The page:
Want to lower your blood pressure?
Plants -- not pills -- might be key, according to a study published in February in the Journal of the American Medical Association. Participants who followed a plant-based diet, from vegan to pescatarian to semi-vegetarian, reported lower blood pressure readings than meat eaters. In an interview with U.S. News, study author Neal Barnard, founding president of the Physicians Committee for Responsible Medicine, explained how to naturally lower your blood pressure.
First, make sense of the numbers.
Blood pressure is recorded as two numbers that are written as a ratio: Systolic (the top number) measures the pressure in the arteries when the heart beats, and diastolic (the bottom number) measures pressure in the arteries between heartbeats. Healthy people should aim for a systolic blood pressure less than 120 millimeters of mercury and a diastolic blood pressure less than 80 mmHg. Any higher doubles the risk of heart disease.
The plant-based answer.
If you're overweight or have high blood pressure -- or both -- changing your diet can make a significant difference. "Getting meat off your plate is a good idea," Barnard says, pointing out that plant-based foods, in their natural state, have almost no sodium and are rich in potassium. Those two factors go a long way toward cutting blood pressure and reducing the risk of heart disease.
Adults should consume less than 1,500 milligrams of sodium a day, Barnard says. Instead of adding salt to your favorite meals, experiment with spices and herbs -- think cinnamon, pepper, curry powder and cilantro. Reading nutrition labels will also go a long way; pay particular attention to sodium content in packaged meals, snacks and canned food, which can supply a day's worth of salt in one serving.
Load up on potassium.
Aim for 4,700 milligrams a day. Foods rich in potassium help your blood pressure naturally fall, and bananas aren't the only option. One cup of tomato paste provides 2,657 milligrams; a cup of bok choy provides 631 milligrams; and one cup of Brussels sprouts provides 495 milligrams, for example. Other smart choices include lentils and beans -- have a cup of lentil soup -- and orange fruits and veggies, like butternut squash.
It's not revolutionary advice, but it works: Add veggies to your plate, and add a lot of them. Barnard suggests loading up on green, leafy choices, such as kale and spinach, which pack a hefty dose of calcium and iron. Make sure you get some orange choices, too, since they're rich in beta carotene. One caveat: Check canned veggies to make sure they're sodium-free, or rinse them off before eating, which Barnard says will do the trick.
You heard us: Go fruit crazy. Your favorite fruits are high in vitamins, minerals and fiber and low in fat and calories. "You don't have to sit down and eat six oranges," Barnard says. "It can be oranges and apples and tangerines and plums and raisins -- even juices." Try mixing fresh fruit into pancakes, waffles or muffins, prepare a green smoothie, or freeze 100 percent fruit juice in a freezer tray overnight to create healthy pops.
There's an "enormous range" to choose from, Barnard says. Consider that Asian traditions prefer rice; Native Americans and Latinos like corn (tortillas or corn on the cob); and Europeans opt for bread and pasta. "They're all fine," Barnard says. "There's a fad that comes back every year saying not to eat wheat or carbs, but listening to that sort of advice isn't a good idea."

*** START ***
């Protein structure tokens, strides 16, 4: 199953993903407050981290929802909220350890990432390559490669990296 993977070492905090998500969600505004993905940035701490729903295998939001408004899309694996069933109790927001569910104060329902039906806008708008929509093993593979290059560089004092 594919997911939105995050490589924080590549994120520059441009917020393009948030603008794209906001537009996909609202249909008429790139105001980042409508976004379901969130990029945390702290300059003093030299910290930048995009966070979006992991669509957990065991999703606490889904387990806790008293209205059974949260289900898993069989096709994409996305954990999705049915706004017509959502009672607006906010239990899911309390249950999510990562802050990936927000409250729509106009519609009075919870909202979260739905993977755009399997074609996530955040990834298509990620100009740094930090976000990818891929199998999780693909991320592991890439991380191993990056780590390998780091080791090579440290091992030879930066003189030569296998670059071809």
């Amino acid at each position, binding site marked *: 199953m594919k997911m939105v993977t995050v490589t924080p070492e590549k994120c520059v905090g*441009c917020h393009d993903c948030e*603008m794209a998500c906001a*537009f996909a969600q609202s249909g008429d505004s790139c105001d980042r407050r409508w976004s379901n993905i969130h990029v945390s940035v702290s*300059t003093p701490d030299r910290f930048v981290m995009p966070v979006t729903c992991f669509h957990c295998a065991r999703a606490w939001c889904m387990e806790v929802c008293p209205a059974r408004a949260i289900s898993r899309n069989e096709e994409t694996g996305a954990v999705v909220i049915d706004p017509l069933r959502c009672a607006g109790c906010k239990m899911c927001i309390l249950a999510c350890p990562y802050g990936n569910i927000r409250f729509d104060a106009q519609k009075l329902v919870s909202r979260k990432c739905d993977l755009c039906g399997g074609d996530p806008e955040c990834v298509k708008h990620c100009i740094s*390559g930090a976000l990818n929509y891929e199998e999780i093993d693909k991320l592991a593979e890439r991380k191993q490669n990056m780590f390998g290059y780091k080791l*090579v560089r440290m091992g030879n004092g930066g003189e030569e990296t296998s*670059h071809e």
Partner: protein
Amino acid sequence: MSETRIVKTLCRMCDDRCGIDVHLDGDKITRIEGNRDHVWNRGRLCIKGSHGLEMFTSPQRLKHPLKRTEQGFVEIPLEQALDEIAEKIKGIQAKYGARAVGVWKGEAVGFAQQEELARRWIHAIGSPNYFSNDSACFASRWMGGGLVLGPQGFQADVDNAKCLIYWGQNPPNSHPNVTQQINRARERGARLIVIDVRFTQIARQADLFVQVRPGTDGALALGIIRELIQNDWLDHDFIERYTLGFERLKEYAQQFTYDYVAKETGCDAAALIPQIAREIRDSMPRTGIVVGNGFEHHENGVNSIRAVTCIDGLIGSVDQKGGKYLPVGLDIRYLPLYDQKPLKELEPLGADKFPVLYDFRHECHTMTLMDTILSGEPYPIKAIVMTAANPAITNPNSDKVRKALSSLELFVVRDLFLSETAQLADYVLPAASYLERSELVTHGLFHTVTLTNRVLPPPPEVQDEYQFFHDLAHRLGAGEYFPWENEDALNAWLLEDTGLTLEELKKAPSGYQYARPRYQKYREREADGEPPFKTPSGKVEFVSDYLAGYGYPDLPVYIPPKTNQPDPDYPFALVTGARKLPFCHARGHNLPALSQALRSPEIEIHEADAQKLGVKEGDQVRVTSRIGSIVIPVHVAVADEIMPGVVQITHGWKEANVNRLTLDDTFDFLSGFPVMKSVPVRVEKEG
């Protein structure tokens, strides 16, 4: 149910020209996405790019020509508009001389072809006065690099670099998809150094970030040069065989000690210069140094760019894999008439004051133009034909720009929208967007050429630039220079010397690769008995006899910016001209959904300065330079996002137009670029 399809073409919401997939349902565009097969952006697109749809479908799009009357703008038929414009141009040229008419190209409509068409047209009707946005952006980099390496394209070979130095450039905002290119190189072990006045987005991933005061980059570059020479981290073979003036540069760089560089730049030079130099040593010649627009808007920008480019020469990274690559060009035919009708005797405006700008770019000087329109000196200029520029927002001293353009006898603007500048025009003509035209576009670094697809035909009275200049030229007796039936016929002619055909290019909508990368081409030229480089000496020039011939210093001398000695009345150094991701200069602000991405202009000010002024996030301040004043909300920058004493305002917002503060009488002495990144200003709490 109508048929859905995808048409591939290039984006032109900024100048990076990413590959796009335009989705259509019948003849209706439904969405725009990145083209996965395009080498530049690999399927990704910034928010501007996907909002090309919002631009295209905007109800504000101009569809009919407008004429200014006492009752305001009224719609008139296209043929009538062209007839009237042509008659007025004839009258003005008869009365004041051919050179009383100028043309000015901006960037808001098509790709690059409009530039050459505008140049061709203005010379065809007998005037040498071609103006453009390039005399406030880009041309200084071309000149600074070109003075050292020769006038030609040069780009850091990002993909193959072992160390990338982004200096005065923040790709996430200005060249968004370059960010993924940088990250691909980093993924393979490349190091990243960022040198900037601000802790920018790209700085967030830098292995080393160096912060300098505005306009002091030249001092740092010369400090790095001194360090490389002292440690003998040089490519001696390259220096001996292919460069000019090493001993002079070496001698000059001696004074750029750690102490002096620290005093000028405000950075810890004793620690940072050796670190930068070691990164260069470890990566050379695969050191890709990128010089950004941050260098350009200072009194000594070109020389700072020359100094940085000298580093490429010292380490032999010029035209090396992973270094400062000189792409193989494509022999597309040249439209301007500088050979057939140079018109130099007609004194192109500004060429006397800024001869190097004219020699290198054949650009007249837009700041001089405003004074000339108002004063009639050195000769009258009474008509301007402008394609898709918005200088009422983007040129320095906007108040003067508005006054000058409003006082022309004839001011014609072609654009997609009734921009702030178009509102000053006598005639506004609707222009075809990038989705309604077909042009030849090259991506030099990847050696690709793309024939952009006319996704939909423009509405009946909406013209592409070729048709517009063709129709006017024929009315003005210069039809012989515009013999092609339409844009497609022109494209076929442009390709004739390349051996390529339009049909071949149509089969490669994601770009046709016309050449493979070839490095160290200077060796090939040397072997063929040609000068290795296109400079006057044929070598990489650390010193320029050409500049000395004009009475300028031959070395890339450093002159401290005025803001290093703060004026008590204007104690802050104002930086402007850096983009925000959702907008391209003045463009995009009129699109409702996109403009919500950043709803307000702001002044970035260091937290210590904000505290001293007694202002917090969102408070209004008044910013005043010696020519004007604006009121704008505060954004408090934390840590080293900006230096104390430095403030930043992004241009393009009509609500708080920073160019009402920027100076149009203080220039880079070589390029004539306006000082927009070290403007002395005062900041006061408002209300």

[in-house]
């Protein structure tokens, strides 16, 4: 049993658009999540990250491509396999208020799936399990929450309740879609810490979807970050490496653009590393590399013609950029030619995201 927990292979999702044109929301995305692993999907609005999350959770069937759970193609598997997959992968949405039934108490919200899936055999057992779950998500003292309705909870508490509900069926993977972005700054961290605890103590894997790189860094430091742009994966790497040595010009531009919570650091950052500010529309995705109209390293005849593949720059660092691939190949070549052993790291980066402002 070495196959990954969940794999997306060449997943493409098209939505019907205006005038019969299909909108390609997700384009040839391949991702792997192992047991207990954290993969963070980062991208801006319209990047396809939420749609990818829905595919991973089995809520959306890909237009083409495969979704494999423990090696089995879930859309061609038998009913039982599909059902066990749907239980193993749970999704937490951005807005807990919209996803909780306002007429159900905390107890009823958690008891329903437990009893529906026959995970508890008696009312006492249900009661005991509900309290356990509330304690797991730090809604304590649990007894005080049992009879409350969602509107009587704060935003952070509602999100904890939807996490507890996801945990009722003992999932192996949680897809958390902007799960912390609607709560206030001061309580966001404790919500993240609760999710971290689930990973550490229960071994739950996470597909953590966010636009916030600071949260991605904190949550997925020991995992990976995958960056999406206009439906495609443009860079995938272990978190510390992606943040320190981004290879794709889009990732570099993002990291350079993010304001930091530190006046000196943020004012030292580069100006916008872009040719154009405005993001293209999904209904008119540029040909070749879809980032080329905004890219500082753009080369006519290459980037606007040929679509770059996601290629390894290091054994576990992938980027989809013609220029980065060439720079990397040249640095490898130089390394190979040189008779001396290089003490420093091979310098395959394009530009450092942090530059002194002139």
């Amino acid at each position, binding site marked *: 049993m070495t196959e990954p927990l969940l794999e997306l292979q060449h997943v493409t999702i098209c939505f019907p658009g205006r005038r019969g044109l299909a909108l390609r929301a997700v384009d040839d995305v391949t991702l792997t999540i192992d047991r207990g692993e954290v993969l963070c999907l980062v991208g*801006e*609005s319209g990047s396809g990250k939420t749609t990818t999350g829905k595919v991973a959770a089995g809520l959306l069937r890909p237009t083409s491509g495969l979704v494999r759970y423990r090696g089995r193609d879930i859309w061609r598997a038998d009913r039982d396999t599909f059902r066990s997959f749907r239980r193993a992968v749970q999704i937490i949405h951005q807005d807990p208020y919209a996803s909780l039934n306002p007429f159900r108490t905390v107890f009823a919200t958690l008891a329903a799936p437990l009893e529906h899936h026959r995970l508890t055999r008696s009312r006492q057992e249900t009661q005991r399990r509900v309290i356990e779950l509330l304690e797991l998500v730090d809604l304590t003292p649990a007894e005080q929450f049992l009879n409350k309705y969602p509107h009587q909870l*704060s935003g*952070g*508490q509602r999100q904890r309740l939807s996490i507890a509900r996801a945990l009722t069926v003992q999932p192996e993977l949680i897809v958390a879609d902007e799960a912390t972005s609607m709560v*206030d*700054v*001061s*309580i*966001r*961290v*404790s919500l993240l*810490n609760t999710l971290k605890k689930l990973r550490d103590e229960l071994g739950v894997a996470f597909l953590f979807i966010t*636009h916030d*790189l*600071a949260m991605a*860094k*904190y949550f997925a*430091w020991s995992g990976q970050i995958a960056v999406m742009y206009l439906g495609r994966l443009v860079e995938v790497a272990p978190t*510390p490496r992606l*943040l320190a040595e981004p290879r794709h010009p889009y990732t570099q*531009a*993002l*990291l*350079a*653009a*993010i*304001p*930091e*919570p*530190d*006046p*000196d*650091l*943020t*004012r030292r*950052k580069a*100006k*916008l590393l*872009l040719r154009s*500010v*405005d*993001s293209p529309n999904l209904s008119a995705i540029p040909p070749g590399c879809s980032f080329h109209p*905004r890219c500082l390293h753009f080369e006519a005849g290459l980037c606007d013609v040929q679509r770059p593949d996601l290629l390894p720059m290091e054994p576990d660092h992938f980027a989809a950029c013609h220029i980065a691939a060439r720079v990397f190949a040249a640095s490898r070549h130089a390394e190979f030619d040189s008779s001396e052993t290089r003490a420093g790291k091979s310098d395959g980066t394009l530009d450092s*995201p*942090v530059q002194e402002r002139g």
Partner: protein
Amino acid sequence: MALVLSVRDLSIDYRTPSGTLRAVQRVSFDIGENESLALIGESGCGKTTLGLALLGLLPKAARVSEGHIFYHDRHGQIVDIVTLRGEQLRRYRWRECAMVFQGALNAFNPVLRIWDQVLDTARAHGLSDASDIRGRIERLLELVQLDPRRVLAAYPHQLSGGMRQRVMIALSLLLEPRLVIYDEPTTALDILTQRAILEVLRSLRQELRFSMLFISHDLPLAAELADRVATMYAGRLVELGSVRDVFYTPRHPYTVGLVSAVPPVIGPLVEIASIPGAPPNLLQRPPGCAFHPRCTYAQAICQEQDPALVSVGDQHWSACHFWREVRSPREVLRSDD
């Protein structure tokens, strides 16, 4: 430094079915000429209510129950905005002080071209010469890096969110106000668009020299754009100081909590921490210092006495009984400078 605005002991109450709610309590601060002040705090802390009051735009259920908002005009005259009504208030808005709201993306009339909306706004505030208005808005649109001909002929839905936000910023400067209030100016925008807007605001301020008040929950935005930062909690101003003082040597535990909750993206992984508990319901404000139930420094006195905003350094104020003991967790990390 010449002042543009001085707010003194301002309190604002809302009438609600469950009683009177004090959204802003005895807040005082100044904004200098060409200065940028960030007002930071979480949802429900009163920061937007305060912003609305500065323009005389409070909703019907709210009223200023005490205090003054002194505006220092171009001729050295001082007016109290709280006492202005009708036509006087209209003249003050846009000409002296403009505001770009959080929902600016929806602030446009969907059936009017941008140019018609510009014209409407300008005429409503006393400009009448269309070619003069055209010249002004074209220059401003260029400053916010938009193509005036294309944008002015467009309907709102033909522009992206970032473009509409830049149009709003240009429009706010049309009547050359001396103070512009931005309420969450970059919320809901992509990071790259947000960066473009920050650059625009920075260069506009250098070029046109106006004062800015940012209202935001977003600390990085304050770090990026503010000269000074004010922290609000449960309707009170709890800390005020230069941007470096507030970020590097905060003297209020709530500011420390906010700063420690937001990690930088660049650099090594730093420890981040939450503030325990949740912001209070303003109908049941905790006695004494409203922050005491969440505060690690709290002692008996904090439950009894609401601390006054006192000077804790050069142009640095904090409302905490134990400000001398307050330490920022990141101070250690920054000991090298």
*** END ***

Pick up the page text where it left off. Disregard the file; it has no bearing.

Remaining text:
Beans of all varieties help keep your blood pressure in check. They have no cholesterol and very little fat -- and they're packed with important minerals and fiber. But keep in mind: "If people overdo it with beans real quickly, they might get some gassiness or indigestion," Barnard says. "The answer is to make sure they're well cooked -- and start with small portions while you're adapting to it."
What to avoid.
If you're worried about your blood pressure, steer clear of high-sodium choices, such as packaged snack foods, potato chips, canned products and cheese. Foods high in saturated fat -- think bacon and pizza -- also tend to raise blood pressure. "You eat those things, and the particles of saturated fat get into your blood and make it thicker -- more like grease and less like water," Barnard says. "So the heart has to push to get this sludgy blood moving, and that's why blood pressure goes up."
Limit alcohol and tobacco.
Alcohol can cause a sudden rise in blood pressure, Barnard says. He recommends women consume less than one drink per day, and men no more than two. (One drink is considered 12 ounces of beer, 5 ounces of wine or 1.5 ounces of 80-proof distilled liquor.) And, if you needed any more reasons to kick a smoking habit, remember that every cigarette raises blood pressure and damages your arteries.
Making the transition.
Maybe you're intrigued by the idea of going plant-based -- and your blood pressure could sure use it. But actually diving in? That takes willpower and adjustment. "Don't change your diet quite yet," Barnard says. "Just check out the possibility." He recommends making small changes, and trying different plant-based meals -- having corn flakes and soy milk instead of bacon and eggs for breakfast, or digging into a veggie sub instead of a turkey and cheese sandwich. Spend a week or two exploring, and you'll have a better sense of a plant-based life.